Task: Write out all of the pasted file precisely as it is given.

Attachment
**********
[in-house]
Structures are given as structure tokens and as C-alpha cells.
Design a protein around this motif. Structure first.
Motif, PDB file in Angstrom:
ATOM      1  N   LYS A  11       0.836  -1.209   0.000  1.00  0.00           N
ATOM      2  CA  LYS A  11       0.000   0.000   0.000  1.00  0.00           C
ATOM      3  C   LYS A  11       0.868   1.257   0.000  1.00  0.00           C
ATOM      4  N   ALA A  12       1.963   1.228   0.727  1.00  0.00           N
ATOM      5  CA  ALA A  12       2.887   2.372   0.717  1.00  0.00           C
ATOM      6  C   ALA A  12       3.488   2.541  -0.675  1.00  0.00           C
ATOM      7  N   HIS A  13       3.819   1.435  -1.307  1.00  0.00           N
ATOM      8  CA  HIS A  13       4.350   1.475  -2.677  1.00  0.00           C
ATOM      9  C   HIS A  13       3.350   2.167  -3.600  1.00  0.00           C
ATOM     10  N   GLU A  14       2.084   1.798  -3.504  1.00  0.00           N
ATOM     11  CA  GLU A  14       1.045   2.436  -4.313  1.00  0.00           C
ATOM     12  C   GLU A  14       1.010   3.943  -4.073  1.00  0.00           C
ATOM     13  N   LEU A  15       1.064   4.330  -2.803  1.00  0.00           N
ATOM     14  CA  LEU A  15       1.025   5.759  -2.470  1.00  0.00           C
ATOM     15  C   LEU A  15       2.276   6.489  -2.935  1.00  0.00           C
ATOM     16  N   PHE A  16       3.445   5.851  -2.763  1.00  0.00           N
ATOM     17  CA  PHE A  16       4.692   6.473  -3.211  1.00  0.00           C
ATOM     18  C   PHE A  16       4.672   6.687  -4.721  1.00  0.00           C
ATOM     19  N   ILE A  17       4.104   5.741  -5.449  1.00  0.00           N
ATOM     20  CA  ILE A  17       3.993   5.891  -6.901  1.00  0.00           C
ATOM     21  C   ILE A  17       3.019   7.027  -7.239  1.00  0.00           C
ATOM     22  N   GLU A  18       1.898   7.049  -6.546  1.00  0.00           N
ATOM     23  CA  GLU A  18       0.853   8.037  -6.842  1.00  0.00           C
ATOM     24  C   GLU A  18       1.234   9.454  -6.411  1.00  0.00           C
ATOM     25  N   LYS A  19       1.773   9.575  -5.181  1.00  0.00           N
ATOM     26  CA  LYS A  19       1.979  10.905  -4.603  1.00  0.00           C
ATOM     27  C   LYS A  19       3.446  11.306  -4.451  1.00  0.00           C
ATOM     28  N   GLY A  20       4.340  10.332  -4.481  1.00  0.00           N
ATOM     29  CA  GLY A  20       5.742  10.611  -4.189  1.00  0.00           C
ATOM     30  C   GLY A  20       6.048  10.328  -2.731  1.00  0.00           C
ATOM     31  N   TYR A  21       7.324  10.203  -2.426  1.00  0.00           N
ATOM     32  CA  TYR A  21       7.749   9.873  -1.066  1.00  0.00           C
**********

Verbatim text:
[in-house]
Structures are given as structure tokens and as C-alpha cells.
Design a protein around this motif. Structure first.
Motif, PDB file in Angstrom:
ATOM      1  N   LYS A  11       0.836  -1.209   0.000  1.00  0.00           N
ATOM      2  CA  LYS A  11       0.000   0.000   0.000  1.00  0.00           C
ATOM      3  C   LYS A  11       0.868   1.257   0.000  1.00  0.00           C
ATOM      4  N   ALA A  12       1.963   1.228   0.727  1.00  0.00           N
ATOM      5  CA  ALA A  12       2.887   2.372   0.717  1.00  0.00           C
ATOM      6  C   ALA A  12       3.488   2.541  -0.675  1.00  0.00           C
ATOM      7  N   HIS A  13       3.819   1.435  -1.307  1.00  0.00           N
ATOM      8  CA  HIS A  13       4.350   1.475  -2.677  1.00  0.00           C
ATOM      9  C   HIS A  13       3.350   2.167  -3.600  1.00  0.00           C
ATOM     10  N   GLU A  14       2.084   1.798  -3.504  1.00  0.00           N
ATOM     11  CA  GLU A  14       1.045   2.436  -4.313  1.00  0.00           C
ATOM     12  C   GLU A  14       1.010   3.943  -4.073  1.00  0.00           C
ATOM     13  N   LEU A  15       1.064   4.330  -2.803  1.00  0.00           N
ATOM     14  CA  LEU A  15       1.025   5.759  -2.470  1.00  0.00           C
ATOM     15  C   LEU A  15       2.276   6.489  -2.935  1.00  0.00           C
ATOM     16  N   PHE A  16       3.445   5.851  -2.763  1.00  0.00           N
ATOM     17  CA  PHE A  16       4.692   6.473  -3.211  1.00  0.00           C
ATOM     18  C   PHE A  16       4.672   6.687  -4.721  1.00  0.00           C
ATOM     19  N   ILE A  17       4.104   5.741  -5.449  1.00  0.00           N
ATOM     20  CA  ILE A  17       3.993   5.891  -6.901  1.00  0.00           C
ATOM     21  C   ILE A  17       3.019   7.027  -7.239  1.00  0.00           C
ATOM     22  N   GLU A  18       1.898   7.049  -6.546  1.00  0.00           N
ATOM     23  CA  GLU A  18       0.853   8.037  -6.842  1.00  0.00           C
ATOM     24  C   GLU A  18       1.234   9.454  -6.411  1.00  0.00           C
ATOM     25  N   LYS A  19       1.773   9.575  -5.181  1.00  0.00           N
ATOM     26  CA  LYS A  19       1.979  10.905  -4.603  1.00  0.00           C
ATOM     27  C   LYS A  19       3.446  11.306  -4.451  1.00  0.00           C
ATOM     28  N   GLY A  20       4.340  10.332  -4.481  1.00  0.00           N
ATOM     29  CA  GLY A  20       5.742  10.611  -4.189  1.00  0.00           C
ATOM     30  C   GLY A  20       6.048  10.328  -2.731  1.00  0.00           C
ATOM     31  N   TYR A  21       7.324  10.203  -2.426  1.00  0.00           N
ATOM     32  CA  TYR A  21       7.749   9.873  -1.066  1.00  0.00           C